Huginn is a tool that I’ve been working on, with the support of generous open source collaborators, for about a year. Huginn is a light-weight infrastructure for building data-gathering and data-reacting tasks for your everyday life. Think of it as an open source Yahoo! Pipes, IFTTT, or Zapier. It wouldn’t surprise me if, in the future, Huginn evolves into something like Google Now, but without the creepiness factor, because you control and host your own data.
I haven’t done a very good job of sharing all of the things that can be built with Huginn, but I’m resolved to start.
So, in this post, a very simple example:
Problem: I always forget to check the weather, leave my umbrella at home, and get soaked.
Solution: Let Huginn send you an email (or SMS) each morning when rain is expected in your area.
After having setup Huginn on your server, make a new WeatherAgent:
You’ll just need to give it your zipcode (or location code) and a free API key for Wunderground. Set the agent to run at 10pm, so that the data it gathers is for tomorrow’s weather.
Once you’ve saved your new WeatherAgent, it’s time to setup a TriggerAgent. You’ll want to set its source as the WeatherAgent that you just created.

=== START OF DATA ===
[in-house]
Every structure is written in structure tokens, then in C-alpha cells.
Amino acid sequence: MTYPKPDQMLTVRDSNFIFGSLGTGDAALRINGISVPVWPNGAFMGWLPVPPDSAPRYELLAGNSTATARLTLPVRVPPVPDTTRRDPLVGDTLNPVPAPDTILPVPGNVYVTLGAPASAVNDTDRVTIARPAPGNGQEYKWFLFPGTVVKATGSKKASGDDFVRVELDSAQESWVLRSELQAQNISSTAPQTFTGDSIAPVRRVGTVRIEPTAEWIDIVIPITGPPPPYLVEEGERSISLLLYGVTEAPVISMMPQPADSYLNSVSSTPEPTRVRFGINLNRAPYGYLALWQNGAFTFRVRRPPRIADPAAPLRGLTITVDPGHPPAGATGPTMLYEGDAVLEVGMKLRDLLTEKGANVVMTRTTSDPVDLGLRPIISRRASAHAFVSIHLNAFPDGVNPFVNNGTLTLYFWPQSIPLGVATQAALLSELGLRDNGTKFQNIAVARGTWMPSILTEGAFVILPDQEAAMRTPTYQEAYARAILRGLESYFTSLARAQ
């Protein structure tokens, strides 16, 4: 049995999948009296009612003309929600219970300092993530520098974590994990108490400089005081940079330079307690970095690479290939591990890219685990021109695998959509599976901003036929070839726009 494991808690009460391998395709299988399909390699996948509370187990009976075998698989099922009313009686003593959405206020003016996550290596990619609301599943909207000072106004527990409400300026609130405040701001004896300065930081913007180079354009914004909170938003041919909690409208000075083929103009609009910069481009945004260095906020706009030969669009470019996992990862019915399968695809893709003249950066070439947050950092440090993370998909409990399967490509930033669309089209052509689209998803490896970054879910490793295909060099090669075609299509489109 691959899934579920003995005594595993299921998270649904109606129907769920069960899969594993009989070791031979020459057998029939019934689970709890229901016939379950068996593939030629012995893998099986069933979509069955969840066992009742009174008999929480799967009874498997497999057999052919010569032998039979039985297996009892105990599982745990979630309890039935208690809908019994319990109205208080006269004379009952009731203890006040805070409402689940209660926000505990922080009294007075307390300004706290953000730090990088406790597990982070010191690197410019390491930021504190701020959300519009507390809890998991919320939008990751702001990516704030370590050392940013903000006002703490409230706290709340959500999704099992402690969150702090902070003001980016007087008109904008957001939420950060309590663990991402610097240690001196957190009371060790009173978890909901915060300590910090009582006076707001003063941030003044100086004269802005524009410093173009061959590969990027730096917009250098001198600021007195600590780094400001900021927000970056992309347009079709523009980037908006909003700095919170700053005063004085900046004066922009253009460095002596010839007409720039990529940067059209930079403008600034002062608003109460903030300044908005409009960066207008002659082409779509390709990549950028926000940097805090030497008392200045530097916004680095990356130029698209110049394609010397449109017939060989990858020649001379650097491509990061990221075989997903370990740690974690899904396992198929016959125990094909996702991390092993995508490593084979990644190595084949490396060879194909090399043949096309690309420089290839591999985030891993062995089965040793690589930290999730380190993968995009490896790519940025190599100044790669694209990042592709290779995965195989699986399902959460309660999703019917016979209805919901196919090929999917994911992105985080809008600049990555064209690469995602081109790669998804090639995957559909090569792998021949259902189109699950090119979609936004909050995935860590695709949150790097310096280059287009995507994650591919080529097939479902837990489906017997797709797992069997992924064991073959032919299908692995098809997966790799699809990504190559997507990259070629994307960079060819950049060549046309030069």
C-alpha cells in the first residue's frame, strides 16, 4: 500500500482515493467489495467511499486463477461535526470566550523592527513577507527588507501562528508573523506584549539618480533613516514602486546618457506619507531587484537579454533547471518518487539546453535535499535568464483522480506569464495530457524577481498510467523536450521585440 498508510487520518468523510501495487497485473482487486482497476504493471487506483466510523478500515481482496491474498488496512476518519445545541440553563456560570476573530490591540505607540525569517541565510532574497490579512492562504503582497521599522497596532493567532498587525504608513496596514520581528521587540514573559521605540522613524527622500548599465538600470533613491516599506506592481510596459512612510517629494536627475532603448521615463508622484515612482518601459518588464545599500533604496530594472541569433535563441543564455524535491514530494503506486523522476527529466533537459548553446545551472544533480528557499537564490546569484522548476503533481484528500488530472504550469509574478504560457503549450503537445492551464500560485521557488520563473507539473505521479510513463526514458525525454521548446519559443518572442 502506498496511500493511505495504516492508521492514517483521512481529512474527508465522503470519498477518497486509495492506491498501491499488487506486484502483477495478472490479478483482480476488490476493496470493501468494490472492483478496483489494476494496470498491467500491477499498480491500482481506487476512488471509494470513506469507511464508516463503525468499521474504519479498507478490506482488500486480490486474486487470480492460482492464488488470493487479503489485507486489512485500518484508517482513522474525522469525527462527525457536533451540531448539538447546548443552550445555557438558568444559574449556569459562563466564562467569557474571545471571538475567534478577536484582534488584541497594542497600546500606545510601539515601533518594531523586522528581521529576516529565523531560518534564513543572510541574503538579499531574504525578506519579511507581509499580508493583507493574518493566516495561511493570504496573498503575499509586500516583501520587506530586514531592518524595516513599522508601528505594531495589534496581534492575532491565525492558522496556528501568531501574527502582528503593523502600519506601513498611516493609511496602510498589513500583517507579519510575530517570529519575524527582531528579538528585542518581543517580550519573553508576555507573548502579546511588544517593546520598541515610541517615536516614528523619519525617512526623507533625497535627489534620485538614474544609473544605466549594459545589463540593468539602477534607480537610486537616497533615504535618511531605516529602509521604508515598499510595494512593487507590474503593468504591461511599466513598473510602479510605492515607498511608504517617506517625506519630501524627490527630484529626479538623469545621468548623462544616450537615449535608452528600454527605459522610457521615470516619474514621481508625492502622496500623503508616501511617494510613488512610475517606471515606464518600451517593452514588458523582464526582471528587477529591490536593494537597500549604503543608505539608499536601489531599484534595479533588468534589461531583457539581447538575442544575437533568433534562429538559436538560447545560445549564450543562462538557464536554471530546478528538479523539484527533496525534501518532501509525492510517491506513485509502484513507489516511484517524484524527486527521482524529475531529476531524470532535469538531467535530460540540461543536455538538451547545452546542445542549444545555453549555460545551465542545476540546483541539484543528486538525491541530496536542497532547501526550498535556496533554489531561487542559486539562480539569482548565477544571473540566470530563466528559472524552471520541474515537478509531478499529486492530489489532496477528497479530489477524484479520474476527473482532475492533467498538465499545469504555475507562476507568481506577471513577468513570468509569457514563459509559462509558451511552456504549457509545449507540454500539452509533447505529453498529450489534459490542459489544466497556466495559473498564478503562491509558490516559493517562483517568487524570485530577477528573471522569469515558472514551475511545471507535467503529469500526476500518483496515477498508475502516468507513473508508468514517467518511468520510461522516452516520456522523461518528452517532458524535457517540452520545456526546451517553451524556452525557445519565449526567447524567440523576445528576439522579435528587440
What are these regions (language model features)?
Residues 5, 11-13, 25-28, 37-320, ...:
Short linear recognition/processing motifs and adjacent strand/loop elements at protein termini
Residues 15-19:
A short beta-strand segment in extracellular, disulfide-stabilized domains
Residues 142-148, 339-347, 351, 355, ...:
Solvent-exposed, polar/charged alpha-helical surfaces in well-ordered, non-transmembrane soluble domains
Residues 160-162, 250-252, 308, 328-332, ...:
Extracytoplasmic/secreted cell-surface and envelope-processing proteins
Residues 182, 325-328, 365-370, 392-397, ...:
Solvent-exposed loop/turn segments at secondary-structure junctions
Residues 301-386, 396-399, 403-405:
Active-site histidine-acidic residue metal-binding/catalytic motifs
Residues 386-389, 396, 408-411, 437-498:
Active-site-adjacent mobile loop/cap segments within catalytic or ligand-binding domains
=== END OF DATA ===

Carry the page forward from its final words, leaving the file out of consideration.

TriggerAgents contain a set of rules, all of which must match for the trigger to fire. In this case, we only need one rule to match against the
conditions property of the Wunderground API weather events. We’ll do a regular expression (
regex) match against this property, looking for the words “rain” or “storm”. When the trigger fires, it will output an event with the message “Take an umbrella! It looks like ‘<conditions>’ tomorrow in ‘<location>’”. These <…> fields will be filled in by the corresponding properties from the events being filtered— in this case, just events from your WeatherAgent. This screenshot shows the Agent’s options being edited as JSON so that it’s easier for you to read. You can use either editor mode.
Finally, we just need an Agent to email us the TriggerAgent’s events. We’ll use a DigestEmailAgent for this because it queues incoming events until a specific time, then sends them all at once. You could, however, use a normal EmailAgent to send the email right away, or a TwilioAgent to send an SMS.
Set the agent’s schedule to run at 6am, so that you wake up to an email. Set it’s source as the Rain Alert agent you just created.
And that’s it! You’ll now receive an email at 6am any morning when rain is expected in your area. Stay dry!
I’ll be posting more examples soon. Please let me know what sort of Huginn tutorials you’d like to see!